Clin Surg | Volume 7, Issue 1 | Case Report | Open Access

Spermatic Cord Cyst Presenting as an Inguinal Hernia Discovered Intraoperatively during Planned Open Herniorrhaphy: A Case Report

Logan D Glosser1*, Wade Hopper2, Hanna M Knauss1, Motaz Al-Yafi3 and Arun Baskara3

1University of Toledo College of Medicine and Life Sciences, USA
2Edward Via College of Osteopathic Medicine, USA
3Department of General Surgery, University of Toledo College of Medicine, USA

*Correspondance to: Logan D Glosser 

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Abstract

Background: Benign swelling of the inguino-scrotal region is most commonly caused by inguinal hernias, although other etiologies exist. In most cases, diagnosis is made by history and physical exam alone. However, without imaging or further studies, other occult etiologies cannot be excluded. Rarely, spermatic cord cysts present with symptoms mimicking inguinal hernia. Case Report: We report the case of a middle-aged male with a one-year history of a bulge in the left inguinal area that presented after heavy lifting. The patient complained of intermittent pain and enlargement since initial presentation. On physical exam, an irreducible mass in the left inguinal area was palpated. The patient was diagnosed with an inguinal hernia and underwent surgery for open repair with mesh. Perioperative discovery of a cyst attached to the spermatic cord was identified that trans-illuminated without evidence of a hernia. The cyst was excised. Final pathology showed a benign cyst with surrounding chronic inflammation, fibrosis, and soft tissue reactive changes. Spermatic cord cysts should be recognized in the differential diagnosis of inguinal bulge, with consideration of sonographic assistance to differentiate from hernia. Clinical Discussion: Few cases have reported spermatic cord cysts found during intraoperative repair of a clinically diagnosed inguinal hernia. This case highlights the need for surgeons to develop a broad differential diagnosis in cases of suspected inguinal hernia, with consideration of preoperative diagnostic imaging. Conclusion: Currently, patients with a history and physical exam suspicious for inguinal hernia are not recommended to undergo preoperative imaging. Our case calls into question whether preoperative imaging with ultrasound or computed tomography should be included in routine preoperative evaluation. We present a case of a spermatic cord cyst that was misdiagnosed preoperatively as an indirect inguinal hernia resulting in prolonged surgery.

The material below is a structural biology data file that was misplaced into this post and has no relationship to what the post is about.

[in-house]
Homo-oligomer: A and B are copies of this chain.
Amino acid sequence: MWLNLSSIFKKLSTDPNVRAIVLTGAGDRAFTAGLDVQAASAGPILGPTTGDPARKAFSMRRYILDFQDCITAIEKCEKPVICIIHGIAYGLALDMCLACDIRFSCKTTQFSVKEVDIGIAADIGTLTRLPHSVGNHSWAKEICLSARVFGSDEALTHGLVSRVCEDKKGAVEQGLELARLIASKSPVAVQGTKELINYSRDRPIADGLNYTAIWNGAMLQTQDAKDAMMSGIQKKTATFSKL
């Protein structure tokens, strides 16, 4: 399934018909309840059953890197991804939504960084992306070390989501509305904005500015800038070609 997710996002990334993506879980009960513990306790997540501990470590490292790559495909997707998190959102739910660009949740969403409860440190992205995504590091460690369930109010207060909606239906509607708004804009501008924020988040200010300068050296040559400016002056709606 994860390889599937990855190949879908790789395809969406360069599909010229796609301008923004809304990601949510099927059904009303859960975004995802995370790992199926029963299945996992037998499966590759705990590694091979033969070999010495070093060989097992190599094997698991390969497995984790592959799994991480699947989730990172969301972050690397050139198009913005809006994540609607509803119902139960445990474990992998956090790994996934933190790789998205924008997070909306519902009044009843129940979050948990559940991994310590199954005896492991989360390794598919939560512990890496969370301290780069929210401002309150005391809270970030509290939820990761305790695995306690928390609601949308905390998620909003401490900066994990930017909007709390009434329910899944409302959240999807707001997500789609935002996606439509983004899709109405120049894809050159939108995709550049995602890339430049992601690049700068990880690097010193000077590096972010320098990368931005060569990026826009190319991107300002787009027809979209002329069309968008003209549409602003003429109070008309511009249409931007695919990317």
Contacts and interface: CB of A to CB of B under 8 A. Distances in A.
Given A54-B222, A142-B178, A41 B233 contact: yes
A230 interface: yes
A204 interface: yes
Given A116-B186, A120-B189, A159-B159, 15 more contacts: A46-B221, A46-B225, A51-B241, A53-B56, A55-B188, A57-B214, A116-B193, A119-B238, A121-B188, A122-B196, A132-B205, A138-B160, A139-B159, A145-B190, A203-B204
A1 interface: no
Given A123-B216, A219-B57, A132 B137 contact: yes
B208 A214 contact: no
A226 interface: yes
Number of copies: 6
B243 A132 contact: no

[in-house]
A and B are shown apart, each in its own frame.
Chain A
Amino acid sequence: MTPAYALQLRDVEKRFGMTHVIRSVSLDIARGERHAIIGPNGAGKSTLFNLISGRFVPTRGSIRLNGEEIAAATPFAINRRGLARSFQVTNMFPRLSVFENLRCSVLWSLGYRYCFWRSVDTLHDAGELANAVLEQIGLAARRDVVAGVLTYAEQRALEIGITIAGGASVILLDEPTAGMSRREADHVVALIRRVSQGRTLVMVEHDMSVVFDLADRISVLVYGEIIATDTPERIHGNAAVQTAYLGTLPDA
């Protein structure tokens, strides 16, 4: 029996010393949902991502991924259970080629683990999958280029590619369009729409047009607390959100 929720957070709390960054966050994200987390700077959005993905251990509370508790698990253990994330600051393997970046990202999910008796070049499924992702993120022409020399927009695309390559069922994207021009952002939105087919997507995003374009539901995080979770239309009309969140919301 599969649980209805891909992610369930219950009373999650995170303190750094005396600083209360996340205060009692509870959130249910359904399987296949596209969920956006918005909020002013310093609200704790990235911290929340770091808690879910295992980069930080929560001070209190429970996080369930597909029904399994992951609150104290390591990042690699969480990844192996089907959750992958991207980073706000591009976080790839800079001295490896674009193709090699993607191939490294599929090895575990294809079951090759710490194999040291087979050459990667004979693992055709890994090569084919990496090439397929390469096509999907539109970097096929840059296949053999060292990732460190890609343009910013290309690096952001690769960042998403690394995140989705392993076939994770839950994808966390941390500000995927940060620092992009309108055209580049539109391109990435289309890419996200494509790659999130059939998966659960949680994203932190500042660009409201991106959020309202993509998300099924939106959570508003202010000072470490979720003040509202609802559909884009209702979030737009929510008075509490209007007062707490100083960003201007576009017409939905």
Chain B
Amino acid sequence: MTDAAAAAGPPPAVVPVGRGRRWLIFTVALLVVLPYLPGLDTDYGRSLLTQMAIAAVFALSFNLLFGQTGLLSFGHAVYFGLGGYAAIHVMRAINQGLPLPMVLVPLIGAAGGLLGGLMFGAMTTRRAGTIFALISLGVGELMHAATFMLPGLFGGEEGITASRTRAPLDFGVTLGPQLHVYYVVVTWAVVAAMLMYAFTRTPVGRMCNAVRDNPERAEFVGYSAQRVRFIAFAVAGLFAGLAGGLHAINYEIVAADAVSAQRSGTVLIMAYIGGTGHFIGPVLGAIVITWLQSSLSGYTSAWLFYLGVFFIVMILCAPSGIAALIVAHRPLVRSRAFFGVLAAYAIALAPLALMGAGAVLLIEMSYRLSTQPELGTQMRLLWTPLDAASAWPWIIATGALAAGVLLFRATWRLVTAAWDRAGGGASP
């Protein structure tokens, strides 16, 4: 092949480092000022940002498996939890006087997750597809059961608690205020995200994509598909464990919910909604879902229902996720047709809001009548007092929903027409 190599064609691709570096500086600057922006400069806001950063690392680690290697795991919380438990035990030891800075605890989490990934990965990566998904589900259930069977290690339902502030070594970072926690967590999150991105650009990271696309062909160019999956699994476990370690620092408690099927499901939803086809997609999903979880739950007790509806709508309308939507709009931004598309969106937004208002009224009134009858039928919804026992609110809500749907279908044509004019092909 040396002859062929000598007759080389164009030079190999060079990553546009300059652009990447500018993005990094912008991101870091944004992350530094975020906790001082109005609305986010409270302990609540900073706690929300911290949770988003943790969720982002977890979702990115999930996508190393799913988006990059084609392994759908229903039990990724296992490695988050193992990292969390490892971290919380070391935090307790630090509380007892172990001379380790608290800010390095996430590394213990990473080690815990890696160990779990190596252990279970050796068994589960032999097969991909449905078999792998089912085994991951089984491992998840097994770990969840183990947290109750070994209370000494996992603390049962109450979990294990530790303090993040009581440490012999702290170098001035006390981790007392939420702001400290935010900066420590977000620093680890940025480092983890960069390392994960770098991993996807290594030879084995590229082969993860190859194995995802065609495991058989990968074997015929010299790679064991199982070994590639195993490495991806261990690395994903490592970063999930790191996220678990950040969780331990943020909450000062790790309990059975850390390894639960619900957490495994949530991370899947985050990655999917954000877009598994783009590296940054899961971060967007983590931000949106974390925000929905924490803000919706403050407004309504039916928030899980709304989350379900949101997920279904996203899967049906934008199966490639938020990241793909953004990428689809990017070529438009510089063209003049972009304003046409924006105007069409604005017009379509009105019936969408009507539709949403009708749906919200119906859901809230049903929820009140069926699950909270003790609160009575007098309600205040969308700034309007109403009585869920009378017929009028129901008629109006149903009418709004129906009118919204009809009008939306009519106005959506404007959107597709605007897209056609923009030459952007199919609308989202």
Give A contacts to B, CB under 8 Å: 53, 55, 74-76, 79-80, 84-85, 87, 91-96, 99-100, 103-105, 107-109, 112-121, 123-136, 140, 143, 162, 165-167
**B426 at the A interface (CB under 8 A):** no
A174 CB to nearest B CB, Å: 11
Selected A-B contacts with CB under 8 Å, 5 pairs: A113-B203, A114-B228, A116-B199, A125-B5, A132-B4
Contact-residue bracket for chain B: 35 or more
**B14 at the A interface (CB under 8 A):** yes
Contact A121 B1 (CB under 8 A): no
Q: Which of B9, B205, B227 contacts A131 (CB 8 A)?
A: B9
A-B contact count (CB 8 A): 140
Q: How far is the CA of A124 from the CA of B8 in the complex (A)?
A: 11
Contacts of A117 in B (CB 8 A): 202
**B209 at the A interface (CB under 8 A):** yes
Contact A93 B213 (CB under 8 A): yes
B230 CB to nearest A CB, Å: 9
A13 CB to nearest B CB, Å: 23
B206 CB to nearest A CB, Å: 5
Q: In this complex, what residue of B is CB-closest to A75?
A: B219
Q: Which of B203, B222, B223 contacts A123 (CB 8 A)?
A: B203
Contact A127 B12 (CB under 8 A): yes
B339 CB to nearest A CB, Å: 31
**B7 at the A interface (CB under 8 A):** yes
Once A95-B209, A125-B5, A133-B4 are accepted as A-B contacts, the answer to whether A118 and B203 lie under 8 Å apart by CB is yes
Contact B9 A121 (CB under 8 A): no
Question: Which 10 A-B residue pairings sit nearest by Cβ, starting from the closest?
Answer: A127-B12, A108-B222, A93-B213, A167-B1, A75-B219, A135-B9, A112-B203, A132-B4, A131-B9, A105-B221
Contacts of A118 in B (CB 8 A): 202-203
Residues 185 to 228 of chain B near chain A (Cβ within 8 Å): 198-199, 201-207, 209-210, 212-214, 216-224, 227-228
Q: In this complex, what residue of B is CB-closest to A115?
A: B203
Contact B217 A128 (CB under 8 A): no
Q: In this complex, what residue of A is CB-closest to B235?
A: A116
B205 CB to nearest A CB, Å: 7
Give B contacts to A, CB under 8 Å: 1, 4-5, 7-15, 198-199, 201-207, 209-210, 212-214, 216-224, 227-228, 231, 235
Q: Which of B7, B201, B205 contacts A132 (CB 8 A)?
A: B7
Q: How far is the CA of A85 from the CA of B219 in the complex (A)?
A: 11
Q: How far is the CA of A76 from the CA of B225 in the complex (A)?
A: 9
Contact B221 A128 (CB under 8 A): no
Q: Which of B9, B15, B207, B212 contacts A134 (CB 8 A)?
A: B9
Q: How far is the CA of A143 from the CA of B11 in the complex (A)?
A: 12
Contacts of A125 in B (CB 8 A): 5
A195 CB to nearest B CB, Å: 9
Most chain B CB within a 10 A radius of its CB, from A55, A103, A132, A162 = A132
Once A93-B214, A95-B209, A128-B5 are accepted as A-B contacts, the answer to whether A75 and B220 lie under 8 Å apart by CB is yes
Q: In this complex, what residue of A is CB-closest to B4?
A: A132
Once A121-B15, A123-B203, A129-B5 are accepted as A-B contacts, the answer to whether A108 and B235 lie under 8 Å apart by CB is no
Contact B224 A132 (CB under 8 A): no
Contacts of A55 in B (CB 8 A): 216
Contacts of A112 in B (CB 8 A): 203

Citation:

Glosser LD, Hopper W, Knauss HM, Al-Yafi M, Baskara A. Spermatic Cord Cyst Presenting as an Inguinal Hernia Discovered Intraoperatively during Planned Open Herniorrhaphy: A Case Report. Clin Surg. 2022; 7: 3517..

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